About half of adult siblings of those with developmental disabilities either are or plan to be the primary caregiver for their brother or sister, but many are unprepared for the responsibility, a new survey finds.
The national poll released Wednesday indicates that among adult siblings of those with a disability, 23 percent are currently serving as primary caregivers while 1 in 3 expect to take on that role in the future. And many are finding the experience to be daunting, fraught with emotional and financial challenges and little support.
The survey conducted by the market research firm Ipsos on behalf of Easter Seals solicited feedback from 351 brothers and sisters of people with developmental disabilities from across the country. A control group of nearly 1,400 adults with typically developing siblings was also polled.
Overall, in cases where a disability was present, siblings were twice as likely to report being involved in their brother or sister’s day-to-day life, whether or not they currently served as the primary caregiver, the poll found.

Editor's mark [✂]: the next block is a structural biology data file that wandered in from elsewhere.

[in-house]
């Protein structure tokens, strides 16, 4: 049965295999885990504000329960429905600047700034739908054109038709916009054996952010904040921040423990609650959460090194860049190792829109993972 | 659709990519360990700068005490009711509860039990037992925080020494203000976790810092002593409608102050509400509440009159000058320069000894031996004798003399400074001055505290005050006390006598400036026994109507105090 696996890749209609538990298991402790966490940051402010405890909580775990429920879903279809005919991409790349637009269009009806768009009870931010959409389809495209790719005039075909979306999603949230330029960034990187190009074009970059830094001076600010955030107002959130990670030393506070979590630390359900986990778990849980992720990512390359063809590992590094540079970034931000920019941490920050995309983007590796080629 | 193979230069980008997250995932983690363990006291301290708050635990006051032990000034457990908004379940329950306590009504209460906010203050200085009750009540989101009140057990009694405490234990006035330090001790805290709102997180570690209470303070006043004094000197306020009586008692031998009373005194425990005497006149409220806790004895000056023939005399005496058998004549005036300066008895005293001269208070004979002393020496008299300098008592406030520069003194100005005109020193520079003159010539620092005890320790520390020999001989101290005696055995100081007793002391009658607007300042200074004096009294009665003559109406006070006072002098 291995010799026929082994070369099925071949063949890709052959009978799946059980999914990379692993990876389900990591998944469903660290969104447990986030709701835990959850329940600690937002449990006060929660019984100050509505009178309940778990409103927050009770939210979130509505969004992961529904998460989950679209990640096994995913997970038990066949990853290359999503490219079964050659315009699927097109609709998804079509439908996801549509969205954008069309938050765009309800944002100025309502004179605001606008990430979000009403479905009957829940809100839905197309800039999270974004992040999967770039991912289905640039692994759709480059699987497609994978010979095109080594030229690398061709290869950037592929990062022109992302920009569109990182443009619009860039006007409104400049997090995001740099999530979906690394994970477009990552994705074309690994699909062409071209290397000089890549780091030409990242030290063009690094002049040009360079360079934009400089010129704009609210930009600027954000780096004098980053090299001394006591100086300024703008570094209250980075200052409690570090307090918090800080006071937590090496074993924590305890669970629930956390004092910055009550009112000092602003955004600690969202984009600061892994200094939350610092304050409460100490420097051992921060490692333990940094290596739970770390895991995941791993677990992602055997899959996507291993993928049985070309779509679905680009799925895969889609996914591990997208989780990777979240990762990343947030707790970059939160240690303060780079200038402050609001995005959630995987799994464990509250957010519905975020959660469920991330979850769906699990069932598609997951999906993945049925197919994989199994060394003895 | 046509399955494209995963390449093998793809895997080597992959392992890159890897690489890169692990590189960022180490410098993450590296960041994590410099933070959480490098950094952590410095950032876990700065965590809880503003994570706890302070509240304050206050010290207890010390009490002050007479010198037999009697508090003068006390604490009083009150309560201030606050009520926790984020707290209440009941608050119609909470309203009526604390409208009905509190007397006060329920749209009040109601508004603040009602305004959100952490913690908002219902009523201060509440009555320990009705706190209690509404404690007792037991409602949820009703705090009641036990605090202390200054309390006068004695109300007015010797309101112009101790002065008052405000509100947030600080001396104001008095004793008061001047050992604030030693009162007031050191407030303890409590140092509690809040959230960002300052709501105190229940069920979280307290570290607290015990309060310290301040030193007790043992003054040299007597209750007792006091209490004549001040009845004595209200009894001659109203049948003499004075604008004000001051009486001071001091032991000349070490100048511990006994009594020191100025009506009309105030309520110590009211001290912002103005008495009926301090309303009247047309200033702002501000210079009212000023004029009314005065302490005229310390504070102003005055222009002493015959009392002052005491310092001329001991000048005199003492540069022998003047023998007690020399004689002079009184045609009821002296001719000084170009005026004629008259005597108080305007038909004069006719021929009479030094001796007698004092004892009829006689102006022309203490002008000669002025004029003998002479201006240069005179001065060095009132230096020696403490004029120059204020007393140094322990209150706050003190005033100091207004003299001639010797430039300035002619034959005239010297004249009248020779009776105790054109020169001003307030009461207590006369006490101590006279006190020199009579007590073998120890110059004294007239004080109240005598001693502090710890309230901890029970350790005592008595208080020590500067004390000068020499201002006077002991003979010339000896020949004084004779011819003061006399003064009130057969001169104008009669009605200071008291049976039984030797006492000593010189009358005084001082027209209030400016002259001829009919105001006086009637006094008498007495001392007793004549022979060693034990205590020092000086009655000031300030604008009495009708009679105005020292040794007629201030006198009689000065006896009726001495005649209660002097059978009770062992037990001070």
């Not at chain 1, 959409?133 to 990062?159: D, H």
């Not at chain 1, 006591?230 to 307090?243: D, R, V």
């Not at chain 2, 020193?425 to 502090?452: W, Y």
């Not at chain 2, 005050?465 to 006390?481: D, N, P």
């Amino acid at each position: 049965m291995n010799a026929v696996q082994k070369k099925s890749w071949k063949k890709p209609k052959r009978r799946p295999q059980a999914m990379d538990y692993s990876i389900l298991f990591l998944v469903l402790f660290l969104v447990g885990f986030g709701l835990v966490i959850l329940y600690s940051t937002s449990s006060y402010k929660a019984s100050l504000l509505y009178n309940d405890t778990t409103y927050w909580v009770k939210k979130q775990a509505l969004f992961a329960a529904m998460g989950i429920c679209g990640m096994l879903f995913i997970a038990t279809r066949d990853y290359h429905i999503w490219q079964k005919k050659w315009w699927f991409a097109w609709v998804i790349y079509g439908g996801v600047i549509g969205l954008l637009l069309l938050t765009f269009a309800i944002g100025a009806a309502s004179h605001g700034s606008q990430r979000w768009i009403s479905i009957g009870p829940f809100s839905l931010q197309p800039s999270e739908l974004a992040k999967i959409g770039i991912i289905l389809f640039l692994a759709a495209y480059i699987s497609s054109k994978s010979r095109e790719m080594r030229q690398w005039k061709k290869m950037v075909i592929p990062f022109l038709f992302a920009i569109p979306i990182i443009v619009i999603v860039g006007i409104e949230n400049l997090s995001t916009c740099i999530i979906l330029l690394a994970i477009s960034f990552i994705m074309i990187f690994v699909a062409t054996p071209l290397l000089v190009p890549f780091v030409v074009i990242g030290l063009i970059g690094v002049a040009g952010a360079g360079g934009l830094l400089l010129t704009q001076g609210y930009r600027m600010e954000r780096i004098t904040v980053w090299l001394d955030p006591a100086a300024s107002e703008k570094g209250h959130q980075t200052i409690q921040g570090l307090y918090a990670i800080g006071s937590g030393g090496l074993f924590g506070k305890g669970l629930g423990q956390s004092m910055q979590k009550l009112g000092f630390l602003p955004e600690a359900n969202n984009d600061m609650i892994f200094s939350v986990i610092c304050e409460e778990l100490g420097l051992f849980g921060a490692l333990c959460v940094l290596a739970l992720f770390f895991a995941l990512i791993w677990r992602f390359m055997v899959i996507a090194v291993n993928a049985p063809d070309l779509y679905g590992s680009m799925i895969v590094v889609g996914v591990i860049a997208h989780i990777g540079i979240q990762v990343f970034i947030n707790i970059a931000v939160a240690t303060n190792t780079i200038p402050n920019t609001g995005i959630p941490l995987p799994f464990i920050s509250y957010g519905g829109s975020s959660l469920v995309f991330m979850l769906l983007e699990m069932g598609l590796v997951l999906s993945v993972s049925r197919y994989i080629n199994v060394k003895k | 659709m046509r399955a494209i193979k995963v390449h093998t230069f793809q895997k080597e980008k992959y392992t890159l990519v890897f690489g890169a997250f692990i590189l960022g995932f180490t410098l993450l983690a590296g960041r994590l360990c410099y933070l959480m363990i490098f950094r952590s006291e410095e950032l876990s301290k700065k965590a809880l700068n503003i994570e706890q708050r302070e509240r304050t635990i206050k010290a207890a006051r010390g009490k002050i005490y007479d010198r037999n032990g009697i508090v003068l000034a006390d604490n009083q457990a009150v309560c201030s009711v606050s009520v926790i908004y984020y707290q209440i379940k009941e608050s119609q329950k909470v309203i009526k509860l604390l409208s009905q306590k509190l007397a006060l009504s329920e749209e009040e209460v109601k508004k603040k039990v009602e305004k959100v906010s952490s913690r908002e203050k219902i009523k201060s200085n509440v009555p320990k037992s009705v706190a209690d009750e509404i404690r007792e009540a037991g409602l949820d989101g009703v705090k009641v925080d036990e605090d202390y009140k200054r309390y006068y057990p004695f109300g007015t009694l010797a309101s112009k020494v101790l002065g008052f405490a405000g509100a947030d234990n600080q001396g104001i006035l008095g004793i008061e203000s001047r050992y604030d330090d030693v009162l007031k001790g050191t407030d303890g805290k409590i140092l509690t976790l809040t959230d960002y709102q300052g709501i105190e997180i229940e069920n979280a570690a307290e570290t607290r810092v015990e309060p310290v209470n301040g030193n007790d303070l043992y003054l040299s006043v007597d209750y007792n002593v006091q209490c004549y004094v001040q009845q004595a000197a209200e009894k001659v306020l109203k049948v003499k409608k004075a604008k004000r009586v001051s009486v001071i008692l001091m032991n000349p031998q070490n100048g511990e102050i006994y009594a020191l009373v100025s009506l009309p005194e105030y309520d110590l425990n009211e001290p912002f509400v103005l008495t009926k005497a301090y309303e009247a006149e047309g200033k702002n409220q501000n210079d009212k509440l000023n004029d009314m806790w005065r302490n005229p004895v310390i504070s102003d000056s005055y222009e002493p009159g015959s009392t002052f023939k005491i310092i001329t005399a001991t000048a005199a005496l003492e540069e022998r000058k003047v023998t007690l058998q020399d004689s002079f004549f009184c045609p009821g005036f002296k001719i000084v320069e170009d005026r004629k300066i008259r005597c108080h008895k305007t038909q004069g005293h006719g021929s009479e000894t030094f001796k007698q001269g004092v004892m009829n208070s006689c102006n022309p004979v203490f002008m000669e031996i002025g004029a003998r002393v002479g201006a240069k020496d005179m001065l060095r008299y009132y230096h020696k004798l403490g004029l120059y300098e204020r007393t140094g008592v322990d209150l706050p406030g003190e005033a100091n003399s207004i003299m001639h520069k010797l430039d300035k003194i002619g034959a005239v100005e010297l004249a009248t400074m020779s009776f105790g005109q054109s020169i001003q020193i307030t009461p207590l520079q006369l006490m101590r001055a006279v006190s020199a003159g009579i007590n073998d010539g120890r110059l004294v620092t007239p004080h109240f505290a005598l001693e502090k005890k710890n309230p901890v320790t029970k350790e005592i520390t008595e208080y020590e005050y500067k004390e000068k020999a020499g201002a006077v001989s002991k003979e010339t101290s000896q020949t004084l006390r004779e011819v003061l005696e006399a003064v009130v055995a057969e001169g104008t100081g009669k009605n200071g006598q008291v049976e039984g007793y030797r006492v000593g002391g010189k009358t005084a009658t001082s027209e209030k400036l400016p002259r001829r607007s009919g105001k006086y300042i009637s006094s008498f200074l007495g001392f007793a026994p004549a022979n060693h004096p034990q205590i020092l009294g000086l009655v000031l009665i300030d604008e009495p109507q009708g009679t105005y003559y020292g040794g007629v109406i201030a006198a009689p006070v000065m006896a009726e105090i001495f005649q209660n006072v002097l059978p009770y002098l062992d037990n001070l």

For those who are the primary caregiver for their brother or sister, three-quarters said the role is a full-time job. Meanwhile, 30 percent said they don’t get emotional, physical or financial help from others.
The caregiving responsibility brings increased stress and puts strains on family life, the survey found. And, about 1 in 5 siblings said that dealing with a brother or sister with a disability has negatively impacted their relationships with other family members or their quality of life.
Despite the hurdles, however, adult siblings also said in many cases that their relationship with their brother or sister is a strong and rewarding one. More than half said that having a sibling with a disability had a positive impact on their quality of life. And, about 80 percent reported that they are close with their sibling and that the bond enhances their life, a figure that was much lower for adults with typically developing siblings.